Momcologist Crusade

Here's your chance to help in the fight against childhood cancer

Five-year-old Jude Anderson makes a wish

When Jude Anderson recently celebrated his fifth birthday, he was surrounded by aunts and uncles, cousins, friends and other family members. To ring in the occasion, the party enjoyed a taco bar (Jude's choice), two cakes, a piñata and some quality time playing with Legos. Caught up in the excitement, the man of the hour chattered away with his friends, ate what he calls "Dragon Tacos" and made his rounds collecting candy.

The passing of a birthday would seem to most a fun but frivolous affair, but the occasion was an important milestone for the bright young boy with inquisitive brown eyes and a toothy grin. When he was just 18 months old, Jude was diagnosed with acute lymphoblastic leukemia. He's since received two bone marrow transplants, underwent three immunotherapy clinical trials and has experienced three relapses, although he's now cancer-free. The treatments—some included cutting-edge experimental genetic therapies that weren't even available a few years ago—have taken young Jude and his family to Seattle, Minneapolis and Philadelphia, along with long stays right here at Diamond Children's Medical Center.

Despite all the hardships, Jude's mother Barb Anderson—a self-described "momcologist"—said her son has remained positive and a source of inspiration for all.

"He is just so brave as he goes through this," she said. "Even when I was the transplant donor, I had to get blood work a couple of times and I thought it sucked, but he gets poked hundreds and hundreds of times. He has had so many horrible things happen, but he still smiles."

Though Jude remains positive, Anderson said her son was able to blow out his fifth birthday candles thanks to advancements in blood cancer research. Hoping to help other families in similar situations find their own hope, Anderson is now working to "pay it forward" and give other cancer patients the same chance as Jude by raising money for The Leukemia & Lymphoma Society's (LLS) "Man & Woman of the Year" campaign.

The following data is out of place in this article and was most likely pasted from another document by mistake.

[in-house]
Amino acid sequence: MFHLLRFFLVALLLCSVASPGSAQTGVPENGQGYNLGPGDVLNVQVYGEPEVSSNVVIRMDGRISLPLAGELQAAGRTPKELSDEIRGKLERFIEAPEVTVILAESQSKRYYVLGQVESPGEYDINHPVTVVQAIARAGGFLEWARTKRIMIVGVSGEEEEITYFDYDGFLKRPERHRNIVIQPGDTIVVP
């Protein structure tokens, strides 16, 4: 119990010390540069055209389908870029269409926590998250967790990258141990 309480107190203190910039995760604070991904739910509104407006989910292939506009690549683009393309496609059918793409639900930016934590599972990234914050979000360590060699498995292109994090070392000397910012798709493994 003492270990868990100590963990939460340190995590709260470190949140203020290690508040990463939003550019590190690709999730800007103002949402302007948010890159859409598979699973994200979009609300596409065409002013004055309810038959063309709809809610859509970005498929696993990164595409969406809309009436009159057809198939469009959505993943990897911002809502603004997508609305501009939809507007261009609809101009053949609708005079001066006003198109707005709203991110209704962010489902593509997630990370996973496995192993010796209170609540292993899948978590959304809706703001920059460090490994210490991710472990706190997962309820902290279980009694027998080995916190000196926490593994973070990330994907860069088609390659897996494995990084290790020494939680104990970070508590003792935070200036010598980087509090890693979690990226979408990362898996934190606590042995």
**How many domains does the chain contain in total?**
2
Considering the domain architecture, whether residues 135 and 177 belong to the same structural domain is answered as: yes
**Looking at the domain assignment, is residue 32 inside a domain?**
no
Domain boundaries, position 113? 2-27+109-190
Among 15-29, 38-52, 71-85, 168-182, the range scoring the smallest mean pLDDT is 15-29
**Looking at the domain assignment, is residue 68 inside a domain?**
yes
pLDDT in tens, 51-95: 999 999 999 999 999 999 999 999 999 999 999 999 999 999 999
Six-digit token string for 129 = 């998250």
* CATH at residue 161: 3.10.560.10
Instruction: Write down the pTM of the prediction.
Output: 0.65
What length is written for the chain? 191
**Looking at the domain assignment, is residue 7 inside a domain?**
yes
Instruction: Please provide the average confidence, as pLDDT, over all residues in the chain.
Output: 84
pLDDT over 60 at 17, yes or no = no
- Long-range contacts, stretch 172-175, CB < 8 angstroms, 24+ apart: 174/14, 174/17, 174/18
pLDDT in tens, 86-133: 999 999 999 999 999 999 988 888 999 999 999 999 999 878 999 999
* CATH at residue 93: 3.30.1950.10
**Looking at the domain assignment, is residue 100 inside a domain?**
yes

"Maybe it is a bit of survivor's guilt," Anderson said. "To see so many other people along our journey who have lost their children, I feel like it is critical for us to pay it forward. We can raise these funds for this research that has helped Jude, but who knows who else we can help?"

Anderson and four other Tucson-area nominees with personal and family ties to blood cancer are part of a 10-week long fundraising effort to raise support for vital research. Participants in the drive have until June 17 to hit their goal. Each dollar counts as a vote, with the winner decided by total dollar amount.

Anderson is already more than halfway toward her goal of $50,000. If she comes out on top in the competition, Anderson plans to designate the funds for pediatric research in hopes of preventing other children from dealing with the experiences through which Jude has lived.

Raising money to cure blood cancer is a mission benefiting the more than 1 million people in the United States suffering or in remission from blood cancer, said LLS Tucson Area Director Jeff Petrovic. Responsible for bringing the fundraising drives to the region, Petrovic said the campaigns not only spread goodwill throughout the community, but also give families like the Andersons a positive goal in their lives.

"I can't tell you how many times I have heard from the families with recent diagnoses or loss that say they want to do something," Petrovic said. "I feel like we're giving families the means to do something in the fight against cancer. We're giving these patients and families an avenue to do something, to put all of that energy behind a cause and help us fundraise and find a cure."

A cure could save families from the hardships through which the Jude and his family have endured, and Anderson said she hopes to prevent parents from suffering through watching their child struggle with cancer.

"You don't want to see children suffer, and these new treatments bring so much hope," she said. "There are children now who would not be alive otherwise. People like to see results, and this is something where we can say, 'Here you go.'"

Joining Anderson in her mission to become man and woman of the year are Marisa Borjon, Carmen Grabowski, Lucy Lang and Daniel Persky.

For more information and links for donations visit

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